Ravulizumab may lead to improvement in impairment severity in patients with myasthenia gravis (MG), according to a study recently presented at the Congress of the European Academy of Neurology and published in the European Journal of Neurology.
“In patients with AChR Ab+ gMG, ravulizumab provided greater treatment benefit in reducing symptom severity than placebo in 7/8 MG–Activities of Daily Living (MG-ADL) items, including ocular items, which had the highest proportions of patients with severe impairment at baseline,” the authors wrote.
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The poster presented the results of a post hoc analysis of the phase 3 CHAMPION MG study (NCT03920293), in which the investigators analyzed changes in the MG-ADL item scores over a period of 26 weeks.
During the randomized placebo-controlled period of the study, patients treated with ravulizumab showed greater improvement in MG-ADL item scores compared to those on placebo. Specifically, ravulizumab led to improved scores in 7 out of 8 MG-ADL items and complete resolution (score reduced to 0) in all 8 items by week 26.
The analysis revealed that the two ocular items in the MG-ADL scale had the highest proportions of patients with severe impairment (score 3) at baseline. However, ravulizumab treatment reduced the proportions of patients with a score of 3 for eyelid droop (23.1% to 14.1%) and similar proportions for double vision (11.5% at baseline and 10.3% at week 26). In contrast, patients receiving a placebo experienced increased proportions with severe impairment for both eyelid droop (20.7% to 24.4%) and double vision (6.1% to 12.2%) from baseline to week 26.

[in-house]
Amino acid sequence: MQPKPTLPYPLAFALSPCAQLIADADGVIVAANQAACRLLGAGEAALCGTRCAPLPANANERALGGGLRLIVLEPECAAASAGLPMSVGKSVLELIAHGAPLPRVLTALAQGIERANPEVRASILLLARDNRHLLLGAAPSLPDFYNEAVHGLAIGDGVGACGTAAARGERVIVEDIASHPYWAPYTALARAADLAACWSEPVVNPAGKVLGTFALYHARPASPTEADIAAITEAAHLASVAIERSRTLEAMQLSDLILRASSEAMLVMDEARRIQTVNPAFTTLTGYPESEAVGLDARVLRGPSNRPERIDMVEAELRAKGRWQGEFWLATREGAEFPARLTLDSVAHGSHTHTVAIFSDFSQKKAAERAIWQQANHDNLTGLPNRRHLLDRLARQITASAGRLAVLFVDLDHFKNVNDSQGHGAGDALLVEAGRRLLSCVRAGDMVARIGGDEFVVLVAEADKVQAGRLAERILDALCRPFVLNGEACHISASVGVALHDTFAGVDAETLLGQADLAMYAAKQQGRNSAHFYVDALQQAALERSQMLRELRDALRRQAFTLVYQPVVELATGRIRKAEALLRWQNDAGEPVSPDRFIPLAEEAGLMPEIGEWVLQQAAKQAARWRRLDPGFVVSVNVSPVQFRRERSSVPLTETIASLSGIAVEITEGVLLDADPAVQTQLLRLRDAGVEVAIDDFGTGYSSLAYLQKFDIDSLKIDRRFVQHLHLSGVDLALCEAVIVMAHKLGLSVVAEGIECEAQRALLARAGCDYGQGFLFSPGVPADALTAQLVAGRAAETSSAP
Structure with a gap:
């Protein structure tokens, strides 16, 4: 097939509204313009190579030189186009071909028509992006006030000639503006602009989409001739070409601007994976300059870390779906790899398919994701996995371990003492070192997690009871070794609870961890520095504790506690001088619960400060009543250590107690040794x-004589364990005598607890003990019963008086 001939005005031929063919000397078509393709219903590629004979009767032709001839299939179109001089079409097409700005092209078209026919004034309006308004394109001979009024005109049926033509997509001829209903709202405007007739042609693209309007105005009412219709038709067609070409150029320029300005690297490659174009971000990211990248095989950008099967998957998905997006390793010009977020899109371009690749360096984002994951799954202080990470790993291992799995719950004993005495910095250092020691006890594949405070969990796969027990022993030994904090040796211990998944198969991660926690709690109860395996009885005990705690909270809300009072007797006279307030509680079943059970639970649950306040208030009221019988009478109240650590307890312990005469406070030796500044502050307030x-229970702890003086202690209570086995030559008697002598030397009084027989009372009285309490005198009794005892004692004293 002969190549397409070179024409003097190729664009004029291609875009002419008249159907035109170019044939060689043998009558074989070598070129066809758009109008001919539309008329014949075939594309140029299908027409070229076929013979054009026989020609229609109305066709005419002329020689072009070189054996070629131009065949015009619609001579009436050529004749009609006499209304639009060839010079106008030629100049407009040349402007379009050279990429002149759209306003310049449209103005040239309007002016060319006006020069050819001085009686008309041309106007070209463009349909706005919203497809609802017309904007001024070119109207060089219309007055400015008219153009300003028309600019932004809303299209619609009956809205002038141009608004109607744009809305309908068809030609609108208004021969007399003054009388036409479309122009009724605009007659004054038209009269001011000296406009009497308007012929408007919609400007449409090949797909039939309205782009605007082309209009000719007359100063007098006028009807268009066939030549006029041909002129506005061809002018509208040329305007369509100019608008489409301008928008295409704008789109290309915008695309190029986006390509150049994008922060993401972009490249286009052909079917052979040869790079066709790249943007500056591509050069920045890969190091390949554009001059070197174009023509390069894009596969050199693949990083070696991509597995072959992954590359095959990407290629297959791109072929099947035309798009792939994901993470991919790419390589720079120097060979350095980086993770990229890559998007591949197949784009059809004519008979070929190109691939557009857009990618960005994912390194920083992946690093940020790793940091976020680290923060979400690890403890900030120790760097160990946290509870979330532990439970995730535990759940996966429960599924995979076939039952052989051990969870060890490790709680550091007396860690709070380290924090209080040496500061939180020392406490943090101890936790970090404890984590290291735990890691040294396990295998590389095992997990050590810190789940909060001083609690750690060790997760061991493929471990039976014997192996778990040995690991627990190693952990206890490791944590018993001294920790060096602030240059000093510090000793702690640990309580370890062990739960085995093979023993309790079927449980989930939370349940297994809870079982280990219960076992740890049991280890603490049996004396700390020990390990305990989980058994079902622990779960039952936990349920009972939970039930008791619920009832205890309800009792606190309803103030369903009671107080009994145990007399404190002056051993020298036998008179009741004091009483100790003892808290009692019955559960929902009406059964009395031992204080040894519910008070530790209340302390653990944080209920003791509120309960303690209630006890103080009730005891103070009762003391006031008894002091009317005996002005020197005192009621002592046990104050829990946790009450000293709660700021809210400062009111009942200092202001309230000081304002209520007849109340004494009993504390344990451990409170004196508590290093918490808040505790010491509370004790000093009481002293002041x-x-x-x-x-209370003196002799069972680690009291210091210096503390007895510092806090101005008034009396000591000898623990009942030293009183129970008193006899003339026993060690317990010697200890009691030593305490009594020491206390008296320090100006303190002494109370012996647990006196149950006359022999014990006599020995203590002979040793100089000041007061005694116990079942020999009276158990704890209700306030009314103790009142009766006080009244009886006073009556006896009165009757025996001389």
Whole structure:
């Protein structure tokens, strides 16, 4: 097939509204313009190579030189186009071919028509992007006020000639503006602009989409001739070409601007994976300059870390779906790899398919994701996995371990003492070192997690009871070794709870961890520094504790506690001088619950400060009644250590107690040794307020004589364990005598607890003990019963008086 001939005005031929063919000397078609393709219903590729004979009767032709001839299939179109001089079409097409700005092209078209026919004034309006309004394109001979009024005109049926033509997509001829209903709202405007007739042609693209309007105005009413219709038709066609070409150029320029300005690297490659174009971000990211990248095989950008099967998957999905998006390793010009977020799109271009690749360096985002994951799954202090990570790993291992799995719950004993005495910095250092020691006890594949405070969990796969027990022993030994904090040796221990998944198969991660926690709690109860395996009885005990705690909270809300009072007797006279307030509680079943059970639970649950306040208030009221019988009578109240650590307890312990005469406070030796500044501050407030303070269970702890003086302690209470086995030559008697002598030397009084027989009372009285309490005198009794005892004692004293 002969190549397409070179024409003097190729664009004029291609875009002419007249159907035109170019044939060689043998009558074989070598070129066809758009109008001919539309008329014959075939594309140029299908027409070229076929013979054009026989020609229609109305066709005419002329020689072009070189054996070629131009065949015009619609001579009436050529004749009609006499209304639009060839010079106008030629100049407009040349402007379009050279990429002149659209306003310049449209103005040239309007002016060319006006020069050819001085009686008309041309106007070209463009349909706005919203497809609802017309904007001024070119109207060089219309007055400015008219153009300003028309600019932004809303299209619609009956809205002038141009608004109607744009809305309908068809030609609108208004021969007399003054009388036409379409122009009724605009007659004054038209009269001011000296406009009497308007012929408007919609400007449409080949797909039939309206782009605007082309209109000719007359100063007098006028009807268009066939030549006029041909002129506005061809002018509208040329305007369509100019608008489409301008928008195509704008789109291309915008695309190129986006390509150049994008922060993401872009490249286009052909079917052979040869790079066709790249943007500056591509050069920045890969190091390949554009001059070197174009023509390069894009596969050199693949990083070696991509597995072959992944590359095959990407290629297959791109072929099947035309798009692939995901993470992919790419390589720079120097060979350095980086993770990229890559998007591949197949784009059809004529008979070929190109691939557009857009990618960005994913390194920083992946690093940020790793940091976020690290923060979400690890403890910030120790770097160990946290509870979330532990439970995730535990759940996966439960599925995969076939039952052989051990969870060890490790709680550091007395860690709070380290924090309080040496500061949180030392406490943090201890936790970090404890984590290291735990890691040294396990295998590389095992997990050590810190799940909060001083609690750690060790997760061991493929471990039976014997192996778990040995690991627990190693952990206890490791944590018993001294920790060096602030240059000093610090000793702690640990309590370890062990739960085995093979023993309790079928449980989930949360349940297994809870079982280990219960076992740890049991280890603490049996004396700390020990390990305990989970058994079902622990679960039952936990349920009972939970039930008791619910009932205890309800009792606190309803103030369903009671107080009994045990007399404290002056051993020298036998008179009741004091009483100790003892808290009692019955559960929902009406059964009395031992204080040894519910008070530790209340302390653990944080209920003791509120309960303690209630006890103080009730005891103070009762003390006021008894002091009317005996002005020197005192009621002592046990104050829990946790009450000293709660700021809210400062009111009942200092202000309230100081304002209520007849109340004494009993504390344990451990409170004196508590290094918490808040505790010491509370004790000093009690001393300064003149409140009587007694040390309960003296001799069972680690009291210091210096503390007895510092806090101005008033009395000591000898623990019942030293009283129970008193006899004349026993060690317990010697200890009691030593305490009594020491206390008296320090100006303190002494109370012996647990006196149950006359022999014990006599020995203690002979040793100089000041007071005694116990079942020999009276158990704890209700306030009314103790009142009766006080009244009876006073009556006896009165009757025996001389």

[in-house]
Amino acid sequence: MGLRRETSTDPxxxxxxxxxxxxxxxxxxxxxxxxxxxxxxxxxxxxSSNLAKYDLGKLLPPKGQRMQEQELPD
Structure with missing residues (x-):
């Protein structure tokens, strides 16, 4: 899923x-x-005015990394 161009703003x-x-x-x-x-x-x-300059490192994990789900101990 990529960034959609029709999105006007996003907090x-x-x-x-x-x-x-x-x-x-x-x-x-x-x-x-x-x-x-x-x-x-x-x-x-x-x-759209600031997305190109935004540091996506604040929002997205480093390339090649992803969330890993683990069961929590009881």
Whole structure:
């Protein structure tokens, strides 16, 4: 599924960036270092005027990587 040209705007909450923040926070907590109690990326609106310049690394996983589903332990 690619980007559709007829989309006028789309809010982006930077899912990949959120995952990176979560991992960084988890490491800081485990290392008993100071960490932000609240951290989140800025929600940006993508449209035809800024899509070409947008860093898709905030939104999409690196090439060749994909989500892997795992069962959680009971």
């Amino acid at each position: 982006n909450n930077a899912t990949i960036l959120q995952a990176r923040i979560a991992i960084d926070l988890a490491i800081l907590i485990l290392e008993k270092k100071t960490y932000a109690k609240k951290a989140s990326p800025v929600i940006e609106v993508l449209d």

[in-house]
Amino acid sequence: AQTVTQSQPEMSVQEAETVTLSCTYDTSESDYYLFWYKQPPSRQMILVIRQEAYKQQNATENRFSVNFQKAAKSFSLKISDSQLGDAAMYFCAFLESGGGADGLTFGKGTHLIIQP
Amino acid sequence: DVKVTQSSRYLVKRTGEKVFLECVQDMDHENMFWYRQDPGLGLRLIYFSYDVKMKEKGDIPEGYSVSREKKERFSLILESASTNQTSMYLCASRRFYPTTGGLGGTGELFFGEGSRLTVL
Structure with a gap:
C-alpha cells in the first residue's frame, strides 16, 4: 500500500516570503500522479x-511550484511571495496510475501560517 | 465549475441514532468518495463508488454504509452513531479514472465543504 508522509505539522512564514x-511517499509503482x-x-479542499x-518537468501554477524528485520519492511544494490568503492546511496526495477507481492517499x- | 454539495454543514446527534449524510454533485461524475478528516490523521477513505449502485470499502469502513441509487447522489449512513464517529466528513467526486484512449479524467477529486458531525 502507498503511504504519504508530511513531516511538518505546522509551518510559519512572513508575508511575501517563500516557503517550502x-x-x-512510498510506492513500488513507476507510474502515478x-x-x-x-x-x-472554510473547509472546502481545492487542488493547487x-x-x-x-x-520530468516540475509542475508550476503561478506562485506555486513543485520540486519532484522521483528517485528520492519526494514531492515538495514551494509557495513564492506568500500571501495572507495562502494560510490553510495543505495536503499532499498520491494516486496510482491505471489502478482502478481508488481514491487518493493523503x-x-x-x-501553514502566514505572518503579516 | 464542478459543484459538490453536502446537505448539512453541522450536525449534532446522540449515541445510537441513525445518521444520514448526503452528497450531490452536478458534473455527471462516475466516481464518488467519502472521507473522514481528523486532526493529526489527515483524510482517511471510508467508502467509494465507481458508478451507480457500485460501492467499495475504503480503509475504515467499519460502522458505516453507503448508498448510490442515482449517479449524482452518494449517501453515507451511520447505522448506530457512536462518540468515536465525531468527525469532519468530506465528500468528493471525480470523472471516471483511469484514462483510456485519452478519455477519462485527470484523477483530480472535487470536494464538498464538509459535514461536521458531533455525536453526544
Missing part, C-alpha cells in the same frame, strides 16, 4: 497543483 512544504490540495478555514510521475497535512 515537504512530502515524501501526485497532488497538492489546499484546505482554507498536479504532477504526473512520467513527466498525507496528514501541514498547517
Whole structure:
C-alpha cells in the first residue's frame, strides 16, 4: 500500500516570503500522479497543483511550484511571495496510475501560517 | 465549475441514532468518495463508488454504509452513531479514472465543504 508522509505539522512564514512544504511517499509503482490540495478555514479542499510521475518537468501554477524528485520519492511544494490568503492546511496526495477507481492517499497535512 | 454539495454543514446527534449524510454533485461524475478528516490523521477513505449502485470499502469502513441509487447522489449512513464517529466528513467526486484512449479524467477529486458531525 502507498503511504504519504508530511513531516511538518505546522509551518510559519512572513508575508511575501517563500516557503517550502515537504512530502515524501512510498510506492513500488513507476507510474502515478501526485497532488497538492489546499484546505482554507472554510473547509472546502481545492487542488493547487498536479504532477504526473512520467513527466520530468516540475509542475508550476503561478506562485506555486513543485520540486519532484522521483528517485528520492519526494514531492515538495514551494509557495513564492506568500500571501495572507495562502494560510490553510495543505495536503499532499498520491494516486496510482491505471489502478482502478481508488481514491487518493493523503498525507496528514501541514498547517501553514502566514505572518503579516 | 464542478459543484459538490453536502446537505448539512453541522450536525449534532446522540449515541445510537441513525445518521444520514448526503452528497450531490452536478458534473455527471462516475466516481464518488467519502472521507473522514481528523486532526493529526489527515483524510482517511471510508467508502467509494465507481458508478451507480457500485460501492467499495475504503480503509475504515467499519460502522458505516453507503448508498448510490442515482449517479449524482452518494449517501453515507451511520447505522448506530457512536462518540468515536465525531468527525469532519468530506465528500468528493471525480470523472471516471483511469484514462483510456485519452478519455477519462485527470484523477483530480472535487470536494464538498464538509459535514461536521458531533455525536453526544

These findings highlight the positive impact of ravulizumab in reducing impairment severity in patients positive for anti-acetylcholine receptor antibody (AChR Ab+). The results indicate that ravulizumab treatment can lead to improved scores in multiple functional domains, providing meaningful benefits to patients in their daily activities.
Generalized MG is a chronic autoimmune neuromuscular disease that causes muscle weakness and fatigue. The condition can significantly impact patients’ quality of life, limiting their ability to perform routine tasks. Ravulizumab specifically targets the pathophysiology involved in cases of MG that are positive for the AChR Ab+.
Although these are promising results, further research and clinical trials are necessary to confirm these findings and explore the long-term efficacy and safety of ravulizumab in managing this debilitating disease.
Vissing J, Mozaffar T, Mantegazza R, et al. Ravulizumab in adults with generalised myasthenia gravis: post hoc analysis of MG-ADL item score change in CHAMPION MG. Eur Neurol. Published online June 30, 2023.